Simulating plasticity as a framework for understanding habitat selection and its role in adaptive capacity and extinction risk through an expansion of CDMetaPOP

Travis Seaborn, Erin L. Landguth, Christopher C. Caudill

Research output: Contribution to journalArticlepeer-review

Abstract

Adaptive capacity can present challenges for modelling as it encompasses multiple ecological and evolutionary processes such as natural selection, genetic drift, gene flow and phenotypic plasticity. Spatially explicit, individual-based models provide an outlet for simulating these complex interacting eco-evolutionary processes. We expanded the existing Cost-Distance Meta-POPulation (CDMetaPOP) framework with inducible plasticity modelled as a habitat selection behaviour, using temperature or habitat quality variables, with a genetically based selection threshold conditioned on past individual experience. To demonstrate expected results in the new module, we simulated hypothetical populations and then evaluated model performance in populations of redband trout (Oncorhynchus mykiss gairdneri) across three watersheds where temperatures induce physiological stress in parts of the stream network. We ran simulations using projected warming stream temperature data under four scenarios for alleles that: (1) confer thermal tolerance, (2) bestow plastic habitat selection, (3) give both thermal tolerance and habitat selection preference and (4) do not provide either thermal tolerance or habitat selection. Inclusion of an adaptive allele decreased declines in population sizes, but this impact was greatly reduced in the relatively cool stream networks. As anticipated with the new module, high-temperature patches remained unoccupied by individuals with the allele operating plastically after exposure to warm temperatures. Using complete habitat avoidance above the stressful temperature threshold, habitat selection reduced the overall population size due to the opportunity cost of avoiding areas with increased, but not guaranteed, mortality. Inclusion of plasticity within CDMetaPOP will provide the potential for genetic or plastic traits and ‘rescue’ to affect eco-evolutionary dynamics for research questions and conservation applications.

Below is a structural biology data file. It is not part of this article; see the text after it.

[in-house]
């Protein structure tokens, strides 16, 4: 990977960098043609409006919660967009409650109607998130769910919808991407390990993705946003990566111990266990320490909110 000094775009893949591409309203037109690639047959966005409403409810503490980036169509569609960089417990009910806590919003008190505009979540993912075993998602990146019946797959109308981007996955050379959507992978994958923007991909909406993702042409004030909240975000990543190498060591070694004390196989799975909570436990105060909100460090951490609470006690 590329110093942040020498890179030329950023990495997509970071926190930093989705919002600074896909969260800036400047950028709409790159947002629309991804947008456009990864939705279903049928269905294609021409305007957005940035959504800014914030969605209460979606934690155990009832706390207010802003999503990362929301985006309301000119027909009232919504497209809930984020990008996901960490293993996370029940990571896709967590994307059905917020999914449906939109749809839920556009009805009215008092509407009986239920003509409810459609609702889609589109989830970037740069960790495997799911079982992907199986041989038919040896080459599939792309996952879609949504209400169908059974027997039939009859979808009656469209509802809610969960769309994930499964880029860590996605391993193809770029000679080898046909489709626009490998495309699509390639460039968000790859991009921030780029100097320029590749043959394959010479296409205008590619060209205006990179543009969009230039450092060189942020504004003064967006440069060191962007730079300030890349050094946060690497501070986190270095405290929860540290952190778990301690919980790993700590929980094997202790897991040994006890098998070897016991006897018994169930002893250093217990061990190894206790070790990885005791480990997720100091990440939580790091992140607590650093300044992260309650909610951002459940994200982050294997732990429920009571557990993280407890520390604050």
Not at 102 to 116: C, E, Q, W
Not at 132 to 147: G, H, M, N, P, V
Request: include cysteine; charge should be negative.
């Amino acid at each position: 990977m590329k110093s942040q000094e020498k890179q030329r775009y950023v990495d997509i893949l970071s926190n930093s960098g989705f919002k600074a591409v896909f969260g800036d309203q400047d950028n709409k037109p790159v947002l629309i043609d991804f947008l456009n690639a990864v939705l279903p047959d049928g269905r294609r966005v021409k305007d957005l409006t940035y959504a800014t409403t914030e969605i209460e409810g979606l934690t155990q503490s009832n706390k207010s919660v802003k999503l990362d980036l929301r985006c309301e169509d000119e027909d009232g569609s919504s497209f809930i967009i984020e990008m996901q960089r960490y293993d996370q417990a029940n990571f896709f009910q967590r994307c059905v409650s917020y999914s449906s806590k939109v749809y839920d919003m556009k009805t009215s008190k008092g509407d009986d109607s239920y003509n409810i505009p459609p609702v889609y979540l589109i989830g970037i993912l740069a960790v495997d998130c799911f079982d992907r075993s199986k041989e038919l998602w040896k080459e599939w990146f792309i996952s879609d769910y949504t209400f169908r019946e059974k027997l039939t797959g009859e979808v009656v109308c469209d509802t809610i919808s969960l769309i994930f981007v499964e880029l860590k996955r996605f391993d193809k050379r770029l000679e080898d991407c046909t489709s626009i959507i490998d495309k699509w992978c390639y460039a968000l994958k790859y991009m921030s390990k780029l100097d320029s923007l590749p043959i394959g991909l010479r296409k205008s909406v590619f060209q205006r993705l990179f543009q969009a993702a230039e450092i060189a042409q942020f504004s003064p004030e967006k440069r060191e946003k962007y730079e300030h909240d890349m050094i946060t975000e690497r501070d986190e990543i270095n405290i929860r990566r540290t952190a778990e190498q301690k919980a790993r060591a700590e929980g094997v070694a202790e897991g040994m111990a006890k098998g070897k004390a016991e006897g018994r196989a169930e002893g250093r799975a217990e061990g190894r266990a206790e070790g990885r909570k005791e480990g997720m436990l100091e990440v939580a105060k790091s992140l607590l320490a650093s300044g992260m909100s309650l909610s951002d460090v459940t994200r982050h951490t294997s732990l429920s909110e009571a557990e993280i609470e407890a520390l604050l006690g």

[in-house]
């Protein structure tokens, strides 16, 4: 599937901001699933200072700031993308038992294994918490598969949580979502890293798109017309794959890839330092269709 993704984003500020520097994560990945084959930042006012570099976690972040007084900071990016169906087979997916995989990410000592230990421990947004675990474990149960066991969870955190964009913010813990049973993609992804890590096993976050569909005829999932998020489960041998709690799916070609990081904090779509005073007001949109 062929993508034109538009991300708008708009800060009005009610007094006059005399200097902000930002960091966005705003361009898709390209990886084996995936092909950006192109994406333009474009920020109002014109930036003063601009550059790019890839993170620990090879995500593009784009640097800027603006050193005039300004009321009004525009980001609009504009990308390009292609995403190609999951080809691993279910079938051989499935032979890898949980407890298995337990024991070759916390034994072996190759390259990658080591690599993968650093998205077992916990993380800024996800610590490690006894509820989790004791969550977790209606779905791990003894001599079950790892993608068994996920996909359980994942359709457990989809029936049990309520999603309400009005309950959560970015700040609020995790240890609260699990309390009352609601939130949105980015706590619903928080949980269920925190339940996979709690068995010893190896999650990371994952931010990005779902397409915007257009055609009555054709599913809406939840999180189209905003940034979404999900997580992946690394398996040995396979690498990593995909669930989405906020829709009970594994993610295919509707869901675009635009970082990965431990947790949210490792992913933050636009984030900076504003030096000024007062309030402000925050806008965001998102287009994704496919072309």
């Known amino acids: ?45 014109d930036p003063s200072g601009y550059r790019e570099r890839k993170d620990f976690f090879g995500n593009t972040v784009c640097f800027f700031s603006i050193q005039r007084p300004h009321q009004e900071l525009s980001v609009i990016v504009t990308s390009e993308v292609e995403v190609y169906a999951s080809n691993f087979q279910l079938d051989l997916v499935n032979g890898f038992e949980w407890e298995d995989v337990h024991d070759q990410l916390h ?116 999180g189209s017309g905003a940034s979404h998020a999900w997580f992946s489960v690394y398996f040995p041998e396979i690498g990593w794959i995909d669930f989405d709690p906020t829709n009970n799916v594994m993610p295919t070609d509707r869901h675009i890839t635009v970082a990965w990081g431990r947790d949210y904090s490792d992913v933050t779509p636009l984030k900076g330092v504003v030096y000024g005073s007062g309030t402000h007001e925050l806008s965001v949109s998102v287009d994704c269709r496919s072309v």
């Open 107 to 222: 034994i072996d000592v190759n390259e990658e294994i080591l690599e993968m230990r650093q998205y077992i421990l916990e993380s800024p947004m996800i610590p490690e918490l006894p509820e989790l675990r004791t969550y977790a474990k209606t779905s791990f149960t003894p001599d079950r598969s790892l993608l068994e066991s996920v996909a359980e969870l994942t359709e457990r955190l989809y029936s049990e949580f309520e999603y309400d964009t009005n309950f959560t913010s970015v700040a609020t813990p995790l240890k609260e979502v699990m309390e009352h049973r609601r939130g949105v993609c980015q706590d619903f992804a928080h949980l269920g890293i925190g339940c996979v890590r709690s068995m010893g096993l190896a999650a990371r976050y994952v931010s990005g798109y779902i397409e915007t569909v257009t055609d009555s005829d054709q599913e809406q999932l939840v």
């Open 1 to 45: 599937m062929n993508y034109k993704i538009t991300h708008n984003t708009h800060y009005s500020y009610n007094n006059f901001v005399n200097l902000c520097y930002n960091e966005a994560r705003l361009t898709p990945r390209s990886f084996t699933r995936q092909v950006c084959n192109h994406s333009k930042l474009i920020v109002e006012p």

Original languageEnglish
Pages (from-to)1458-1472
Number of pages15
JournalMolecular Ecology Resources
Volume23
Issue number6
DOIs
StatePublished - Aug 2023

Keywords

  • CDMetaPOP
  • Oncorhynchus mykiss gairdneri
  • agent-based model
  • behavioural plasticity
  • computer simulations
  • eco-evolutionary model
  • genotype-environment associations
  • habitat selection
  • temperature selection
  • Genetic Drift
  • Temperature
  • Selection, Genetic
  • Biological Evolution
  • Ecosystem

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